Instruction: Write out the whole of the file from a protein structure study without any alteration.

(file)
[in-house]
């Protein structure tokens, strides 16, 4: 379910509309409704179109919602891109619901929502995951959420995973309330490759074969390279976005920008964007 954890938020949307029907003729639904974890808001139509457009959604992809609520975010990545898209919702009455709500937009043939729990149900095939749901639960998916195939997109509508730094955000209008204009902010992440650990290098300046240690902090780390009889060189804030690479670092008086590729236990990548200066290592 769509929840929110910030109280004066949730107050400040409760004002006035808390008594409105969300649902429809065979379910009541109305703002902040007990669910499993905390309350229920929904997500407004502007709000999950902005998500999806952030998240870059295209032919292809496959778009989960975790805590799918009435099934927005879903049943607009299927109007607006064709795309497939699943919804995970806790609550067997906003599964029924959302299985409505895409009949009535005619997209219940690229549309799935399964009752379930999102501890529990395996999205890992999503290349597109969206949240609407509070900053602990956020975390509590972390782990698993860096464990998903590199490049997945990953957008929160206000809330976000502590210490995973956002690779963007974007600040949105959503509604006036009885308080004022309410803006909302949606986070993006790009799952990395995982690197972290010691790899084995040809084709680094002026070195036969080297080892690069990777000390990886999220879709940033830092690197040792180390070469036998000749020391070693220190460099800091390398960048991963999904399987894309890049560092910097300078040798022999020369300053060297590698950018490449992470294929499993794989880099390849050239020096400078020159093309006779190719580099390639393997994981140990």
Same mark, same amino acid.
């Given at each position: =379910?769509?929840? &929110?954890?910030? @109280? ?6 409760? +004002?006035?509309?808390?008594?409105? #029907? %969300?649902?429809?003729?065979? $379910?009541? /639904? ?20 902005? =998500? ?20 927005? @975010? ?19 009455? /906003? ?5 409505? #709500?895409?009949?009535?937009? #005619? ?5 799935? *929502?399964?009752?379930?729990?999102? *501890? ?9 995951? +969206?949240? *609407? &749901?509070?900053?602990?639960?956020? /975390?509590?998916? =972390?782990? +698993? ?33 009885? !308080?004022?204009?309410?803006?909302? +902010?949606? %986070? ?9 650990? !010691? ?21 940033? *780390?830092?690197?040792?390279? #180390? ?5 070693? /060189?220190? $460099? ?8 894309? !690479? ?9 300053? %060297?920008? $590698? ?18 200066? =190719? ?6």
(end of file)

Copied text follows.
[in-house]
């Protein structure tokens, strides 16, 4: 379910509309409704179109919602891109619901929502995951959420995973309330490759074969390279976005920008964007 954890938020949307029907003729639904974890808001139509457009959604992809609520975010990545898209919702009455709500937009043939729990149900095939749901639960998916195939997109509508730094955000209008204009902010992440650990290098300046240690902090780390009889060189804030690479670092008086590729236990990548200066290592 769509929840929110910030109280004066949730107050400040409760004002006035808390008594409105969300649902429809065979379910009541109305703002902040007990669910499993905390309350229920929904997500407004502007709000999950902005998500999806952030998240870059295209032919292809496959778009989960975790805590799918009435099934927005879903049943607009299927109007607006064709795309497939699943919804995970806790609550067997906003599964029924959302299985409505895409009949009535005619997209219940690229549309799935399964009752379930999102501890529990395996999205890992999503290349597109969206949240609407509070900053602990956020975390509590972390782990698993860096464990998903590199490049997945990953957008929160206000809330976000502590210490995973956002690779963007974007600040949105959503509604006036009885308080004022309410803006909302949606986070993006790009799952990395995982690197972290010691790899084995040809084709680094002026070195036969080297080892690069990777000390990886999220879709940033830092690197040792180390070469036998000749020391070693220190460099800091390398960048991963999904399987894309890049560092910097300078040798022999020369300053060297590698950018490449992470294929499993794989880099390849050239020096400078020159093309006779190719580099390639393997994981140990």
Same mark, same amino acid.
């Given at each position: =379910?769509?929840? &929110?954890?910030? @109280? ?6 409760? +004002?006035?509309?808390?008594?409105? #029907? %969300?649902?429809?003729?065979? $379910?009541? /639904? ?20 902005? =998500? ?20 927005? @975010? ?19 009455? /906003? ?5 409505? #709500?895409?009949?009535?937009? #005619? ?5 799935? *929502?399964?009752?379930?729990?999102? *501890? ?9 995951? +969206?949240? *609407? &749901?509070?900053?602990?639960?956020? /975390?509590?998916? =972390?782990? +698993? ?33 009885? !308080?004022?204009?309410?803006?909302? +902010?949606? %986070? ?9 650990? !010691? ?21 940033? *780390?830092?690197?040792?390279? #180390? ?5 070693? /060189?220190? $460099? ?8 894309? !690479? ?9 300053? %060297?920008? $590698? ?18 200066? =190719? ?6």